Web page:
Finding and keeping good employees is crucial to the success of all types of businesses and the overall economy. And while workforce turnover is a natural occurrence, how the aging population will accelerate this turnover is becoming a worrisome trend.
Shifts in demographics mean there are more and more older people on their way out of the workforce, at a time when there are not enough younger workers to fill the potential voids in labour. In Canada, people aged 25 to 54 – who are considered the ‘core’ working age group – made up just 49% of the population in 2016, a drop of 5% in just 10 years, according to Statistics Canada. That proportion is expected to decline further, to as low as 46% by 2026 (1).
Meanwhile, the proportion of people aged 55 and older continues to grow, and since this age group is less likely to stay in the workforce, this shift in demographics could create challenges for the Canadian economy.
Many other countries face similar challenges, and extending the working life of capable adults is increasingly important for sustaining healthy economies that benefit all citizens.
Some workers end up leaving the workforce earlier than what would have been considered their natural retirement date due to a disability. In these cases, is it possible some of those disabilities could have been prevented through better workplace conditions?
A recent systematic review identified 39 studies that analyzed a variety of workplace conditions. This review compiled information on which psychological, social and organizational factors are most likely to contribute to an employee’s decision to choose disability retirement (2).
What the research tells us
For this review, disability was defined as the general inability to perform one’s job, due to physiological problems, difficulty in performing specific tasks, or problems while participating in tasks or social relations associated with work.
The studies in the review looked at factors such as job demands (both physical and psychological), how much control workers had over how they performed their jobs, monotonous work, social support, working hours, organizational changes such as downsizing, development and training, and imbalances between efforts and rewards.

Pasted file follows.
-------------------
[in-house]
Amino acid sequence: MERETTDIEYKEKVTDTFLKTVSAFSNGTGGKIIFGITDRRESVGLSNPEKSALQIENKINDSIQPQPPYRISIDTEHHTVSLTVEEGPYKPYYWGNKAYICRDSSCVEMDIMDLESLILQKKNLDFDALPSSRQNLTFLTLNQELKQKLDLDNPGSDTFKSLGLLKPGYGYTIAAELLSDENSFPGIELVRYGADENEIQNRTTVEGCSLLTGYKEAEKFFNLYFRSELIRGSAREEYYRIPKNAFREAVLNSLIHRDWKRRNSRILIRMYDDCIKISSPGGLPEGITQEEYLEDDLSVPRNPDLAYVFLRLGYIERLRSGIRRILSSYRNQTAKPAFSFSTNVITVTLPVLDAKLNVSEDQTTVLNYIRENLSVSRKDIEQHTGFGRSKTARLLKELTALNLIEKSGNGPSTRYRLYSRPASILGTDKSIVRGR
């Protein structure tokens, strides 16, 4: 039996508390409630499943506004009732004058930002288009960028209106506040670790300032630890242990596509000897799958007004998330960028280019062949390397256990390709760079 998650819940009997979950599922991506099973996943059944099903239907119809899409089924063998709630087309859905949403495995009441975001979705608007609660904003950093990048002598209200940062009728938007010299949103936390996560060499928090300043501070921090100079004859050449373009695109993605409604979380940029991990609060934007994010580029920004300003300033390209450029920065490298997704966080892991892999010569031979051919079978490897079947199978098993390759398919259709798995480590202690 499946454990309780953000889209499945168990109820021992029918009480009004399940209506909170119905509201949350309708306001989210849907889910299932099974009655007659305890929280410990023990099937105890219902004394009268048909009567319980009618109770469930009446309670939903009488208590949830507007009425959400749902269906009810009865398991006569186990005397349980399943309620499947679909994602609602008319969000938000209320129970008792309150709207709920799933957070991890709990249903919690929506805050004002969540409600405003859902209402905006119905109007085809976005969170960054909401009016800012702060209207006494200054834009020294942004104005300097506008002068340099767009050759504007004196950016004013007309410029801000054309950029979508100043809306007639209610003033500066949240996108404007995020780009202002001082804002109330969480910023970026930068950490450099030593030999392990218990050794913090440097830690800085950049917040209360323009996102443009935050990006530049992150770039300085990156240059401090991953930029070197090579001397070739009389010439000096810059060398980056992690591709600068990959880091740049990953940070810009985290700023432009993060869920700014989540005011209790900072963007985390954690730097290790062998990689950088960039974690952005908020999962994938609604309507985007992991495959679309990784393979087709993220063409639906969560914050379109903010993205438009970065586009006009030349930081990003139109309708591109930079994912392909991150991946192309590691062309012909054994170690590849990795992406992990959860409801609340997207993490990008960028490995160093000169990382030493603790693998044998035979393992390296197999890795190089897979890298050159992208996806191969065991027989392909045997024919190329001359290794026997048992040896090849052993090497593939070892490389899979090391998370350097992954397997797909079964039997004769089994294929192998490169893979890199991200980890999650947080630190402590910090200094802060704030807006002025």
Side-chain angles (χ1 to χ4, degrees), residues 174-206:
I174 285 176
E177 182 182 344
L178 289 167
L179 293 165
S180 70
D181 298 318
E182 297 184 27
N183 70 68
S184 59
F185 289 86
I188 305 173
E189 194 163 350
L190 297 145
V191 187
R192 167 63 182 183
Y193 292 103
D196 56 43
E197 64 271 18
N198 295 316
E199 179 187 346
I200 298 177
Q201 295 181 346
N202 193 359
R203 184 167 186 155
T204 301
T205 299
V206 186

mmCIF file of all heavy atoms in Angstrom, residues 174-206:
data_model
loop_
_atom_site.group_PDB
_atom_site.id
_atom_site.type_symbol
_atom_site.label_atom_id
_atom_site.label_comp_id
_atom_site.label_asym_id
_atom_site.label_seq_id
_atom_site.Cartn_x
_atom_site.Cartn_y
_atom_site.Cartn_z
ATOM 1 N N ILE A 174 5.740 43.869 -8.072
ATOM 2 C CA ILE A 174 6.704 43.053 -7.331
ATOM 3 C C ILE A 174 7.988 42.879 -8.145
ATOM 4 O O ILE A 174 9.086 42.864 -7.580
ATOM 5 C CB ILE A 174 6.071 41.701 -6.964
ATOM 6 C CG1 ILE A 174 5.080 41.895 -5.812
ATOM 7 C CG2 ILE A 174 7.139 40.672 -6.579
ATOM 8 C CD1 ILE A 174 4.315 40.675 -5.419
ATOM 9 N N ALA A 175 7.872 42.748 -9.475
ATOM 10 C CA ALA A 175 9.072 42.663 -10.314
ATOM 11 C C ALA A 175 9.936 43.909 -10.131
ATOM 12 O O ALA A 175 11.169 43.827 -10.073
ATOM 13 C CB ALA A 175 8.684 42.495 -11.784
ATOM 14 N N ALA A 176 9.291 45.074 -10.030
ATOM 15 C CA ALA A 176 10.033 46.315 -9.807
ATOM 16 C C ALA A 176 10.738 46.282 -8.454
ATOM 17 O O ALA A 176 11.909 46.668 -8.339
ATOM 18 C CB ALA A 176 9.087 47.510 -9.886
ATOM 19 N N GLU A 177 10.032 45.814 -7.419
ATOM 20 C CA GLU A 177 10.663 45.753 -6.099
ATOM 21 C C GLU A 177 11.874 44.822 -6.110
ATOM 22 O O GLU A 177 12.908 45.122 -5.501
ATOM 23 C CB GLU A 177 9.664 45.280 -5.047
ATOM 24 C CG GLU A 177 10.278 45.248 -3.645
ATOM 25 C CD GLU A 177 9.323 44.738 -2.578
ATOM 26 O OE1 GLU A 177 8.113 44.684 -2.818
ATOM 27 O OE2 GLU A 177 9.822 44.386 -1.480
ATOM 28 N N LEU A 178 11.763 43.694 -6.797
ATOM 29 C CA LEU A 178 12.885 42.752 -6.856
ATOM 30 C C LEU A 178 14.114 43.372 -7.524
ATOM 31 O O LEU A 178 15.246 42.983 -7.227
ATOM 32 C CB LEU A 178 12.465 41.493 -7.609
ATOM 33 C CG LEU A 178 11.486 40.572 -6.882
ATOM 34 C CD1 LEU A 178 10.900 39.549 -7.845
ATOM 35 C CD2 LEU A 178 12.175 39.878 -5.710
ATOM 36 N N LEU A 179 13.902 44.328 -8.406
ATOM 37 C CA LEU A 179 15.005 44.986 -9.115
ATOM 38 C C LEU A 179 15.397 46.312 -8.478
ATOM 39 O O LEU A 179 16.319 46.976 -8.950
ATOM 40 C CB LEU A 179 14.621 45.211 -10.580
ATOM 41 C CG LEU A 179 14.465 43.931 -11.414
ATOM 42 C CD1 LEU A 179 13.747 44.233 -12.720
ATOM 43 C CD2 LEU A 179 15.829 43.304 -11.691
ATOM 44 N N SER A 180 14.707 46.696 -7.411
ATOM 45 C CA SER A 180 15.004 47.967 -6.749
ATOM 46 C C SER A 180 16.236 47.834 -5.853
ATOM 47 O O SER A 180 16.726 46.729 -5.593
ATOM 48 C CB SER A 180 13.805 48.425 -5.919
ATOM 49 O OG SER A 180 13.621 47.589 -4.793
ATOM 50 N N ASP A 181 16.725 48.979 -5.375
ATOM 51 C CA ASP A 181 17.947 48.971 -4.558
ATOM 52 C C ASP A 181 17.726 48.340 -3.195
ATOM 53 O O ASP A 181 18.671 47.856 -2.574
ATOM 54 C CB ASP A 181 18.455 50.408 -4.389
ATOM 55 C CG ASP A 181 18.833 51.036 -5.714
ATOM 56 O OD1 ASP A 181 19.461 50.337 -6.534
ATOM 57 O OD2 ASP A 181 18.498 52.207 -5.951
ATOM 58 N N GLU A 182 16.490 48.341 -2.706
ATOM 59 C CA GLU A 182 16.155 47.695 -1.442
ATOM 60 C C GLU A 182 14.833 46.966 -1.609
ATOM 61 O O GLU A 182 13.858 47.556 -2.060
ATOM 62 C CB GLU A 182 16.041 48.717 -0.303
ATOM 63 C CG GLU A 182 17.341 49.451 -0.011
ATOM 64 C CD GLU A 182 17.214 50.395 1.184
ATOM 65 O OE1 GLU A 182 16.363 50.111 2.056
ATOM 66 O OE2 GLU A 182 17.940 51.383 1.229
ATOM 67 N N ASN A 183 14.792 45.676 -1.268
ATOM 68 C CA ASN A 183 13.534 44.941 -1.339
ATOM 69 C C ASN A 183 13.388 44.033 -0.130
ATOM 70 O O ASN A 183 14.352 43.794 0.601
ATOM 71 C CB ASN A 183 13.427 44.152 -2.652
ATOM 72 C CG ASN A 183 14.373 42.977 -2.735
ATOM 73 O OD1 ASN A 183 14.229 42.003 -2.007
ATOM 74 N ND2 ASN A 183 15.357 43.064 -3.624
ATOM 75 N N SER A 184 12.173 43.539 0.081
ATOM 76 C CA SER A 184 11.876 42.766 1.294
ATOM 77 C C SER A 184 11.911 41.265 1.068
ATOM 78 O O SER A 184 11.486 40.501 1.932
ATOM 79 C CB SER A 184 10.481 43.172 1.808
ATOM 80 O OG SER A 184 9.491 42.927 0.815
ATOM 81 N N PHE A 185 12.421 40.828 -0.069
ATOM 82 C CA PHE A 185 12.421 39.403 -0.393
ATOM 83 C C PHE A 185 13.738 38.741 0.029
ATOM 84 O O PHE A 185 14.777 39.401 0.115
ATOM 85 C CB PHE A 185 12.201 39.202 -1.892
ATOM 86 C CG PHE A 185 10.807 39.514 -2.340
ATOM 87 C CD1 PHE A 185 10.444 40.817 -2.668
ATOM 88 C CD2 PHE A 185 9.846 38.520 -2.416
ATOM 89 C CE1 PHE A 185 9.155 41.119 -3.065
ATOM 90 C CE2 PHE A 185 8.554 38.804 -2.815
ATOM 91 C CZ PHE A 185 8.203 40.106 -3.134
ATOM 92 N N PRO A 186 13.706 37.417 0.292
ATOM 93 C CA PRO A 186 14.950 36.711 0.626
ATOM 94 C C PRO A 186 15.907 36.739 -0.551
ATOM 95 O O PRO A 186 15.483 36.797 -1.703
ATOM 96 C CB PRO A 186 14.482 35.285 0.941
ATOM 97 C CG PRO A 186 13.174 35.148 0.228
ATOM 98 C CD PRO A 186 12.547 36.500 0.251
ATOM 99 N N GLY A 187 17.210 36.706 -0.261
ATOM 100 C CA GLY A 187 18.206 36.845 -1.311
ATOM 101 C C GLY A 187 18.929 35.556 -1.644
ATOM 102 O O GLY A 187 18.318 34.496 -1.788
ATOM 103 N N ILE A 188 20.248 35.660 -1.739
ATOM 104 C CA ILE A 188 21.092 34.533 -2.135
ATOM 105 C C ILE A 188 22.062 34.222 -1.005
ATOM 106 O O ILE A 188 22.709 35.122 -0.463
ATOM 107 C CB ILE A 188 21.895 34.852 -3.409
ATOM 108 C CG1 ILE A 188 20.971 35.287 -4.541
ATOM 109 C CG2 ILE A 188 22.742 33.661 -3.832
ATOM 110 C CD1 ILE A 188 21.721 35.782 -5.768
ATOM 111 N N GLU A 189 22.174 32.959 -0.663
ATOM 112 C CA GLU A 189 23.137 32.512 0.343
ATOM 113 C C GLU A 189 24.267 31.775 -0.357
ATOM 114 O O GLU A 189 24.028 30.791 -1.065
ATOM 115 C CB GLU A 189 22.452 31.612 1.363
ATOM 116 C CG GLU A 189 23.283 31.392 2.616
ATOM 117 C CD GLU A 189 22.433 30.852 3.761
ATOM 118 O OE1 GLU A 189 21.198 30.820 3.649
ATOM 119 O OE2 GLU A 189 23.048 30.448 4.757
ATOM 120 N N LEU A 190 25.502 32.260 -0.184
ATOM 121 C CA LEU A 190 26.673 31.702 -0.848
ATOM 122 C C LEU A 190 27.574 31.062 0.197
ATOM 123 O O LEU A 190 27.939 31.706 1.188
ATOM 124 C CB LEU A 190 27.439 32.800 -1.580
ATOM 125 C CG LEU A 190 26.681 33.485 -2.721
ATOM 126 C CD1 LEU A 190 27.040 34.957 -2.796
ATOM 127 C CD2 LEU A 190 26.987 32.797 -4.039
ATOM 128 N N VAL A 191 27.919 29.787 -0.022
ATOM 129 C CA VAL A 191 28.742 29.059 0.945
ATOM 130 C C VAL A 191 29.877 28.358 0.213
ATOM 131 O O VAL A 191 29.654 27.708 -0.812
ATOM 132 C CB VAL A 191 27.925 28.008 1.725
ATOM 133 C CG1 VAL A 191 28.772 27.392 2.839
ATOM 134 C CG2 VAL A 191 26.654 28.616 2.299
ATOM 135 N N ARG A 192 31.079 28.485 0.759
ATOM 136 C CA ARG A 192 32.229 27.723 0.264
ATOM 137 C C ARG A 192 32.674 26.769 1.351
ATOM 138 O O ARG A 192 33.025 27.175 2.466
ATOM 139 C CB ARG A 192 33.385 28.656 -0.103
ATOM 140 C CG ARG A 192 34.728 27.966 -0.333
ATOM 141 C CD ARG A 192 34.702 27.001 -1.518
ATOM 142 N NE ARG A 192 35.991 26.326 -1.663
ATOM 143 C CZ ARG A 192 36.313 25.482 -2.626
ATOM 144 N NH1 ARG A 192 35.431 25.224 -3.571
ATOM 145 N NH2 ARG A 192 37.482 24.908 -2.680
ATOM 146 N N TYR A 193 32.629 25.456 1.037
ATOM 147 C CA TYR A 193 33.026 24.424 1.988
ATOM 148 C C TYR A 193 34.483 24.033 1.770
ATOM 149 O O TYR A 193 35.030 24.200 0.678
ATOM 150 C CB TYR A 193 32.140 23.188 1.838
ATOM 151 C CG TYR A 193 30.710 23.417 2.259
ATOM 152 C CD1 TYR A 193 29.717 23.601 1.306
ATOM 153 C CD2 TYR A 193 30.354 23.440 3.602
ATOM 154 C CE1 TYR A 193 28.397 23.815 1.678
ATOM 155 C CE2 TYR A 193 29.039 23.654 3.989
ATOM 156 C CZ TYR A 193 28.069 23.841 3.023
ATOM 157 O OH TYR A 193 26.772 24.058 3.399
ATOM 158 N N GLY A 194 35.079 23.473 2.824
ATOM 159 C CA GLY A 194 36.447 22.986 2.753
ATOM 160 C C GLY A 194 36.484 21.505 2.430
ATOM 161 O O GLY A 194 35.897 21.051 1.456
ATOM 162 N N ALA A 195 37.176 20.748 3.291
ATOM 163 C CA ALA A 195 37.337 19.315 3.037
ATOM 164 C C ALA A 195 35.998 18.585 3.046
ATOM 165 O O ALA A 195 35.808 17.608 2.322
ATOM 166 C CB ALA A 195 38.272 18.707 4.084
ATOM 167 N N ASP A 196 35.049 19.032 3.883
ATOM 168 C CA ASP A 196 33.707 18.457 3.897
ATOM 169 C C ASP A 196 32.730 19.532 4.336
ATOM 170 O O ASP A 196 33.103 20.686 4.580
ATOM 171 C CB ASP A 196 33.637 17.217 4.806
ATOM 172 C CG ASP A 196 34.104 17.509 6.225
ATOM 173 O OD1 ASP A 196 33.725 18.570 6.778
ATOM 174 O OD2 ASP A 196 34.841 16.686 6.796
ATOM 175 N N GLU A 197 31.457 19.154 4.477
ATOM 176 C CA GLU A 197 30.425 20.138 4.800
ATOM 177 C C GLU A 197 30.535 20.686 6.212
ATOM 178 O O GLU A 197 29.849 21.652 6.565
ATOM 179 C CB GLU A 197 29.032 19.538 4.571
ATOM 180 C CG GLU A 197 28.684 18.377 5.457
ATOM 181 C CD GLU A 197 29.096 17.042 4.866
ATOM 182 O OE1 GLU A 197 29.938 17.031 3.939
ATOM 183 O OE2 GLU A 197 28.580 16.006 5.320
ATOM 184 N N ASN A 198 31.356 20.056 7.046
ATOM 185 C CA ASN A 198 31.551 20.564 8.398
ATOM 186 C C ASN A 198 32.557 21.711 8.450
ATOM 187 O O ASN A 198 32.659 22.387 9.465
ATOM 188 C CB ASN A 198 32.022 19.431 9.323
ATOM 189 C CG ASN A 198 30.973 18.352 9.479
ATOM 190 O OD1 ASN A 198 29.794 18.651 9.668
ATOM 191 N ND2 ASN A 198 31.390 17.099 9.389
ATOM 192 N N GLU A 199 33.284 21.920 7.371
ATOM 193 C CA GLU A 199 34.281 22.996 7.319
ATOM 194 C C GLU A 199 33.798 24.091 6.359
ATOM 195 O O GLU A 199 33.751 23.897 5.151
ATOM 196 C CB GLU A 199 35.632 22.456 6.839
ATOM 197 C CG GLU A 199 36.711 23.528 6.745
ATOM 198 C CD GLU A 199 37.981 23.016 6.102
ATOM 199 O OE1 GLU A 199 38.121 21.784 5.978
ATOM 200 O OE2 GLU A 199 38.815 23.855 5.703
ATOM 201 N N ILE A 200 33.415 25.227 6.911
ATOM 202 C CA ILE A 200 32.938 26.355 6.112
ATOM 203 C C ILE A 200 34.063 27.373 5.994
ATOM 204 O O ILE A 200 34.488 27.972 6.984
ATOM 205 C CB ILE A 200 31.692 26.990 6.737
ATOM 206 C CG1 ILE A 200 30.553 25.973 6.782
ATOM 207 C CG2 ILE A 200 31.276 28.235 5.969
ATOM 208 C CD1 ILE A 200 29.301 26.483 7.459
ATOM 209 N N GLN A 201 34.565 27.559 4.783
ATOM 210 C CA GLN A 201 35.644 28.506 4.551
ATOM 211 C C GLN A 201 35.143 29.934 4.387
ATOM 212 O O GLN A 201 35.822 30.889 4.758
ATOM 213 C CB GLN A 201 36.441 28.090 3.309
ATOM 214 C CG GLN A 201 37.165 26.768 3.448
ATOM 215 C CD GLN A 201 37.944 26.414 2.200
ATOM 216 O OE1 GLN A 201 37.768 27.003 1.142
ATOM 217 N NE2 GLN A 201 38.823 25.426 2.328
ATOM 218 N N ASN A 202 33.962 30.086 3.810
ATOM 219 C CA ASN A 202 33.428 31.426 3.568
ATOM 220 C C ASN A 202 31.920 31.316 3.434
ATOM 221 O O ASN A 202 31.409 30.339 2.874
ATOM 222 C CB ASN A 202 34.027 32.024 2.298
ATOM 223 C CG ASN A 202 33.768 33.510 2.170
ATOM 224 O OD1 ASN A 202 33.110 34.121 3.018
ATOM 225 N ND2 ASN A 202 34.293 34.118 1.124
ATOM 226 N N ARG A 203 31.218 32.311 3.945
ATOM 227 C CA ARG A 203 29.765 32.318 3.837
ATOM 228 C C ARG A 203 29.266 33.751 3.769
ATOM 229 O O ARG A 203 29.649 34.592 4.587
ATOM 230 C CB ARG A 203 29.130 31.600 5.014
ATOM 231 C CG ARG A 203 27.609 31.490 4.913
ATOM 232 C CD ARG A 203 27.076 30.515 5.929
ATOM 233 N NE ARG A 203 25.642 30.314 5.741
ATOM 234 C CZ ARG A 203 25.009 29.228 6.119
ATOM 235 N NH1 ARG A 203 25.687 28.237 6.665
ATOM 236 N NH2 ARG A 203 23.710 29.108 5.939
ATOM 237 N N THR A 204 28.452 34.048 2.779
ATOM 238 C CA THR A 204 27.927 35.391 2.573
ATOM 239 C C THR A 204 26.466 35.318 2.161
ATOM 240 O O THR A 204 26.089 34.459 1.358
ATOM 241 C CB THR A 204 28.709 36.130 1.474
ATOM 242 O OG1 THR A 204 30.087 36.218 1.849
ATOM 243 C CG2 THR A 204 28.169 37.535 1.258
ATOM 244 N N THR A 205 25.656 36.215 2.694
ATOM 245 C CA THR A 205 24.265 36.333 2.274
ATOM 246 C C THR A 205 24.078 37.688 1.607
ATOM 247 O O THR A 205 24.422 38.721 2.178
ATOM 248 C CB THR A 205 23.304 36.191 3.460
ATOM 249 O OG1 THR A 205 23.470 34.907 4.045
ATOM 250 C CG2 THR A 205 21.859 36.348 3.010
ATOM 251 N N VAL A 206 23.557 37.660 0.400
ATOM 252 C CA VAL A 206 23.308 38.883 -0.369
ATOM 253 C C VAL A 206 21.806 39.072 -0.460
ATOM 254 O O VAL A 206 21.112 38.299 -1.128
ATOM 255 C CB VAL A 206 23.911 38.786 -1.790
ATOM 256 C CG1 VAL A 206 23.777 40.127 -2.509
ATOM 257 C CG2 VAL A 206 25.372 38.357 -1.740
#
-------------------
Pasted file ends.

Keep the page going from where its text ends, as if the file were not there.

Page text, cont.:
Overall, the review found that having low control over your work situation was the factor most commonly associated with subsequent disability. Twenty-four of the 39 studies addressed aspects of job control, which pertained to the freedom to choose between alternatives within one’s job. These studies involved a variety of occupations in Nordic countries, including nurses, municipal and civil service employees, waste collectors and farmers. Aspects of job control, such as job-decision latitude and skill discretion, were associated with disability retirement in 18 of the 24 studies.
Job strain, described as a combination of a high level of demand and low level of control, was another significant predictor of disability retirement, according to four of six studies in the review that looked specifically at that factor. However, there was very limited evidence that job demands in general predicted disability retirement.
One finding that may seem surprising to some was that there was limited evidence to suggest that evening and night work, shift work, or long hours (more than 60 a week), led to early retirement due to disability.
There was also limited evidence that downsizing, organizational change, lack of employee development, repetitive tasks, or effort-reward imbalances were predictors of disability retirement. However, the authors cautioned that additional research may be required to confirm these findings.
The results of this review illustrate that there are many factors that can play a role in an employee’s decision to leave the workforce early due to some form of disability. Some of these factors could be mitigated through supervisors, workplace leaders and business owners becoming more aware of and implementing changes to the working environment.